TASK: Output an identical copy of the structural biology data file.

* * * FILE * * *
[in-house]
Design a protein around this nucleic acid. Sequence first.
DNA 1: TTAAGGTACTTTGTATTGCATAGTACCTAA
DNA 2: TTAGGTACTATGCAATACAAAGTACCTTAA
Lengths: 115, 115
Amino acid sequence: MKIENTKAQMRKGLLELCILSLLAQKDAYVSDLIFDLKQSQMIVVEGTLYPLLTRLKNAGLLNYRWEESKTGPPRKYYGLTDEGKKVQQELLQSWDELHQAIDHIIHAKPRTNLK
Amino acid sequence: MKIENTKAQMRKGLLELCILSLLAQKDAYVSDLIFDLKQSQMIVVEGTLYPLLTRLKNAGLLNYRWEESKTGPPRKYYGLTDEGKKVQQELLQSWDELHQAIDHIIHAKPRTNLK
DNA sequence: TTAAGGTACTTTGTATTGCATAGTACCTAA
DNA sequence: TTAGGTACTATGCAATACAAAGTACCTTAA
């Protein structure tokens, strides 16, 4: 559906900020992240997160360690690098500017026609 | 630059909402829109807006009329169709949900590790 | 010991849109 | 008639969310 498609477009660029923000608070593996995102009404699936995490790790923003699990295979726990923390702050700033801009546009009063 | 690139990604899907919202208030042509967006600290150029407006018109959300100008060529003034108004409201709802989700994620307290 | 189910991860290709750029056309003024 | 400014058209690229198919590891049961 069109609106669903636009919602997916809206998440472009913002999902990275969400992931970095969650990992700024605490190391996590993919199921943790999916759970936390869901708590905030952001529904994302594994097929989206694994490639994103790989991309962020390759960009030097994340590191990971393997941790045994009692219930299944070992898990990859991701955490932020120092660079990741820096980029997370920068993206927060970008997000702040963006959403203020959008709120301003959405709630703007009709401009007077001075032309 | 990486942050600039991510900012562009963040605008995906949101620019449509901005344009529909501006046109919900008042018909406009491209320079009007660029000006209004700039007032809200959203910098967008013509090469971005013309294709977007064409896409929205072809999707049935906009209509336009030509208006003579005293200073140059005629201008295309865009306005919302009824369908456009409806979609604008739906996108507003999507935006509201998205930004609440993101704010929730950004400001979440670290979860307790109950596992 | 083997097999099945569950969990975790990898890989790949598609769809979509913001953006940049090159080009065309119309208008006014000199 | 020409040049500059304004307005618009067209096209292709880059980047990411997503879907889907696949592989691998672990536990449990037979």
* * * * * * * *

[in-house]
Design a protein around this nucleic acid. Sequence first.
DNA 1: TTAAGGTACTTTGTATTGCATAGTACCTAA
DNA 2: TTAGGTACTATGCAATACAAAGTACCTTAA
Lengths: 115, 115
Amino acid sequence: MKIENTKAQMRKGLLELCILSLLAQKDAYVSDLIFDLKQSQMIVVEGTLYPLLTRLKNAGLLNYRWEESKTGPPRKYYGLTDEGKKVQQELLQSWDELHQAIDHIIHAKPRTNLK
Amino acid sequence: MKIENTKAQMRKGLLELCILSLLAQKDAYVSDLIFDLKQSQMIVVEGTLYPLLTRLKNAGLLNYRWEESKTGPPRKYYGLTDEGKKVQQELLQSWDELHQAIDHIIHAKPRTNLK
DNA sequence: TTAAGGTACTTTGTATTGCATAGTACCTAA
DNA sequence: TTAGGTACTATGCAATACAAAGTACCTTAA
């Protein structure tokens, strides 16, 4: 559906900020992240997160360690690098500017026609 | 630059909402829109807006009329169709949900590790 | 010991849109 | 008639969310 498609477009660029923000608070593996995102009404699936995490790790923003699990295979726990923390702050700033801009546009009063 | 690139990604899907919202208030042509967006600290150029407006018109959300100008060529003034108004409201709802989700994620307290 | 189910991860290709750029056309003024 | 400014058209690229198919590891049961 069109609106669903636009919602997916809206998440472009913002999902990275969400992931970095969650990992700024605490190391996590993919199921943790999916759970936390869901708590905030952001529904994302594994097929989206694994490639994103790989991309962020390759960009030097994340590191990971393997941790045994009692219930299944070992898990990859991701955490932020120092660079990741820096980029997370920068993206927060970008997000702040963006959403203020959008709120301003959405709630703007009709401009007077001075032309 | 990486942050600039991510900012562009963040605008995906949101620019449509901005344009529909501006046109919900008042018909406009491209320079009007660029000006209004700039007032809200959203910098967008013509090469971005013309294709977007064409896409929205072809999707049935906009209509336009030509208006003579005293200073140059005629201008295309865009306005919302009824369908456009409806979609604008739906996108507003999507935006509201998205930004609440993101704010929730950004400001979440670290979860307790109950596992 | 083997097999099945569950969990975790990898890989790949598609769809979509913001953006940049090159080009065309119309208008006014000199 | 020409040049500059304004307005618009067209096209292709880059980047990411997503879907889907696949592989691998672990536990449990037979």